In the wake of the California Consumer Privacy Act of 2018 (CCPA) and an updated Nevada privacy law that took effect in October 2019, states are wasting no time in 2020 introducing new privacy laws of their own.
Joining the chorus of Virginia and Florida, this month state lawmakers in New Hampshire, Washington state, and Illinois released their respective takes on what residents’ bolstered privacy rights and businesses’ corresponding obligations should look like. What follows are high-level, informational overviews of these new legislative drafts.
Introduced on January 8, 2020, New Hampshire’s HB 1680-FN is closely aligned with the CCPA. The bill’s drafters adopted the CCPA’s text nearly wholesale in some instances – although not its October 2019 amendments – adding state-specific gloss in certain areas. The draft bill’s effective date is currently set as January 1, 2021, with enforcement by the state attorney general beginning six months after the publication of final rules or July 1, 2021, whichever is sooner.
Lack of CCPA Amendments. That HB 1680-FN curiously does not contain the CCPA’s eleventh-hour codified amendments means that in some respects the Granite State’s bill is arguably stricter than the CCPA.
Accordingly, the proposed NH bill does not provide the CCPA’s qualified and time-limited exemption for certain written or verbal business-to-business communications. Likewise, it lacks the same with respect to the CCPA’s temporary exemption for employees, job applicants, and contractors.
HB 1680-FN also does not contain the condition that “personal information” (PI) be “reasonably capable” of being associated with a particular consumer or household, removing the element of “reasonableness” welcomed by most businesses.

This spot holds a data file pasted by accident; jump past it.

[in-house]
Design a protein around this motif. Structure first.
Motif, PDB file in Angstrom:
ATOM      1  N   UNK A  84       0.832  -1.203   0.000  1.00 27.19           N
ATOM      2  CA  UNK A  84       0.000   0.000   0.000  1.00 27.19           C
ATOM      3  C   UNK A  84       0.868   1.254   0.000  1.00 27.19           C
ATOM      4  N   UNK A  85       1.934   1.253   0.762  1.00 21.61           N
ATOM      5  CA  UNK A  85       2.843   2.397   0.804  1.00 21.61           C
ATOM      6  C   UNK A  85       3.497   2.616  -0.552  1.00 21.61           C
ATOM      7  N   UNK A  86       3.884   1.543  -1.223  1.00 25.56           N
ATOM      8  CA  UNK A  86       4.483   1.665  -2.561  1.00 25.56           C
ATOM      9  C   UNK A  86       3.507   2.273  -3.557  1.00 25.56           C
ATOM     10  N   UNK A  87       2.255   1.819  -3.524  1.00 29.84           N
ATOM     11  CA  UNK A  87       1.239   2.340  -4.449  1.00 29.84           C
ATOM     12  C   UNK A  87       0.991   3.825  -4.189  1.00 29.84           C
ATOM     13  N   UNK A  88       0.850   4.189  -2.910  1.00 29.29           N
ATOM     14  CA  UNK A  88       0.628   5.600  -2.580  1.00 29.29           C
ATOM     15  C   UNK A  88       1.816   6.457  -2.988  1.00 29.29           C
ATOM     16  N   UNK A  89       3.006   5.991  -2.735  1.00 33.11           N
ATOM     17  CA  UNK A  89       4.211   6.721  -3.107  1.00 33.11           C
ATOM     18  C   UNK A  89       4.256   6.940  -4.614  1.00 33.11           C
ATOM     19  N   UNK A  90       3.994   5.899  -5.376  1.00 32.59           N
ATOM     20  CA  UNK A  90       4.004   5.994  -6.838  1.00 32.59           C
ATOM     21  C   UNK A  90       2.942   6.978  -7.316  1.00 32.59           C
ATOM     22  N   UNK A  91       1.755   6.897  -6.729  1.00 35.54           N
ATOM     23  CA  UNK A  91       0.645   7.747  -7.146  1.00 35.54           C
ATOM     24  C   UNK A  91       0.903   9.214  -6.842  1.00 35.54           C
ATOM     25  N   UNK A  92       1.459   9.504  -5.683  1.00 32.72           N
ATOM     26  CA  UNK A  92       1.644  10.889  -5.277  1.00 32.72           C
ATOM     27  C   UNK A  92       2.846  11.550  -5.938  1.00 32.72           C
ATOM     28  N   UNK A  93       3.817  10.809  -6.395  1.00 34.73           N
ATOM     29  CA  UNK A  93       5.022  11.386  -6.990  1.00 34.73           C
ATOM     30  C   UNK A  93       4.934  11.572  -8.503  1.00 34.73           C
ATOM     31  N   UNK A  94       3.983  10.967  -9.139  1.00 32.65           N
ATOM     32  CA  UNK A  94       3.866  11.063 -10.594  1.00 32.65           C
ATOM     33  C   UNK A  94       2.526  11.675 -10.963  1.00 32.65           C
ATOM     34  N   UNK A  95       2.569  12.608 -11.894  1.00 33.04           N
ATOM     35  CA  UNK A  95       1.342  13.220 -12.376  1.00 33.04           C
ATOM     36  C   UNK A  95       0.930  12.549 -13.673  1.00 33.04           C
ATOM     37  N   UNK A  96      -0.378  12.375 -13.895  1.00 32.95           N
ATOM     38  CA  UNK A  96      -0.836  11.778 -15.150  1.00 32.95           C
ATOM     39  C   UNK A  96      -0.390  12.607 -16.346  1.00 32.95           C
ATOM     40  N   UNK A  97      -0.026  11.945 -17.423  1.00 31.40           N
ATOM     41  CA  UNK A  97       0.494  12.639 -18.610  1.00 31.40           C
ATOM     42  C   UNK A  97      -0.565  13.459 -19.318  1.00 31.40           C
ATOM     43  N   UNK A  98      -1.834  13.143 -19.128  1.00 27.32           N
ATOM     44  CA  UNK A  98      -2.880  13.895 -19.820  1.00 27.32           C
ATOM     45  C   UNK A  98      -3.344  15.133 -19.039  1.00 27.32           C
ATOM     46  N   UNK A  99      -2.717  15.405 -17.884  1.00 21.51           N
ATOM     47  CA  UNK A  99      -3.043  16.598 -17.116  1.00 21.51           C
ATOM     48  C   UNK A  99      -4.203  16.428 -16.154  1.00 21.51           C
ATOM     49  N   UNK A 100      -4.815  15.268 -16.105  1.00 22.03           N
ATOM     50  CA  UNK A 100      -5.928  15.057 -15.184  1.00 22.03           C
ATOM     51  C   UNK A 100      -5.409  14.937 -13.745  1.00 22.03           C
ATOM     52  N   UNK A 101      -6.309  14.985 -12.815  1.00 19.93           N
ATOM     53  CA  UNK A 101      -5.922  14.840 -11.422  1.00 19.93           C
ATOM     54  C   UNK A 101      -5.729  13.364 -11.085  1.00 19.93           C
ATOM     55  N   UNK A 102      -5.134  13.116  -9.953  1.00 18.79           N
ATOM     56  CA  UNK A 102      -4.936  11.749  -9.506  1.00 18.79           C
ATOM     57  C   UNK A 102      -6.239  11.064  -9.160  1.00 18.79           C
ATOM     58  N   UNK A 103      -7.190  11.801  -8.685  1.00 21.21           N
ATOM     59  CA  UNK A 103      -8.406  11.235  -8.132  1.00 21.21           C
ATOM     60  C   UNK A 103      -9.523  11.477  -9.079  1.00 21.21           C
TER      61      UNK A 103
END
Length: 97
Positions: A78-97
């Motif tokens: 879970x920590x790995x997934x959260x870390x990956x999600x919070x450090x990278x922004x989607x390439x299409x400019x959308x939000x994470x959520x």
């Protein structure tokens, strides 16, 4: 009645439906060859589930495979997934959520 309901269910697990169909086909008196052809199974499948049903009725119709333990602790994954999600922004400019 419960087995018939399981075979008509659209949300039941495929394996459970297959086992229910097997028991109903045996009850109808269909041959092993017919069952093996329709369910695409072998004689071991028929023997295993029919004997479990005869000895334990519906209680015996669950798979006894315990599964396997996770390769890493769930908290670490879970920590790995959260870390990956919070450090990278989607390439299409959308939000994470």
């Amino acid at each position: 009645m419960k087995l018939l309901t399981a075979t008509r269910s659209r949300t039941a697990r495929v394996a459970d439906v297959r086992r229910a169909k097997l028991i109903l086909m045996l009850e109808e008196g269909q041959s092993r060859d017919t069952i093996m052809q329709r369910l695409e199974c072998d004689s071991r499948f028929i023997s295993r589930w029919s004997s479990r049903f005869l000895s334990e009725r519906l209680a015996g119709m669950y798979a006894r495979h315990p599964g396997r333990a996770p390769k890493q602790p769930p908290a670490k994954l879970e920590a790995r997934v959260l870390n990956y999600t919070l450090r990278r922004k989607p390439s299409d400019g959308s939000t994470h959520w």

Data Breach. Whereas the CCPA defines “personal information” in relation to California’s data breach notification law – which uses a much narrower definition of PI than the CCPA, the New Hampshire bill does not define PI by referencing another law. Accordingly, at present, the type of “nonencrypted or nonredacted” (versus the CCPA’s “nonencrypted and nonredacted”) personal information that may trigger the private right of action in HB 1680-FN is significantly expanded compared to the CCPA.
Definitional Changes. The NH bill does not adopt the CCPA’s definitions in every respect. For instance, the CCPA’s “PI” definition’s carve-out for “publicly available” information is further refined in the NH bill, which holds that information is not “publicly available” if the data is used for a purpose that is not compatible with the purpose for which the data is maintained and made available in the government records.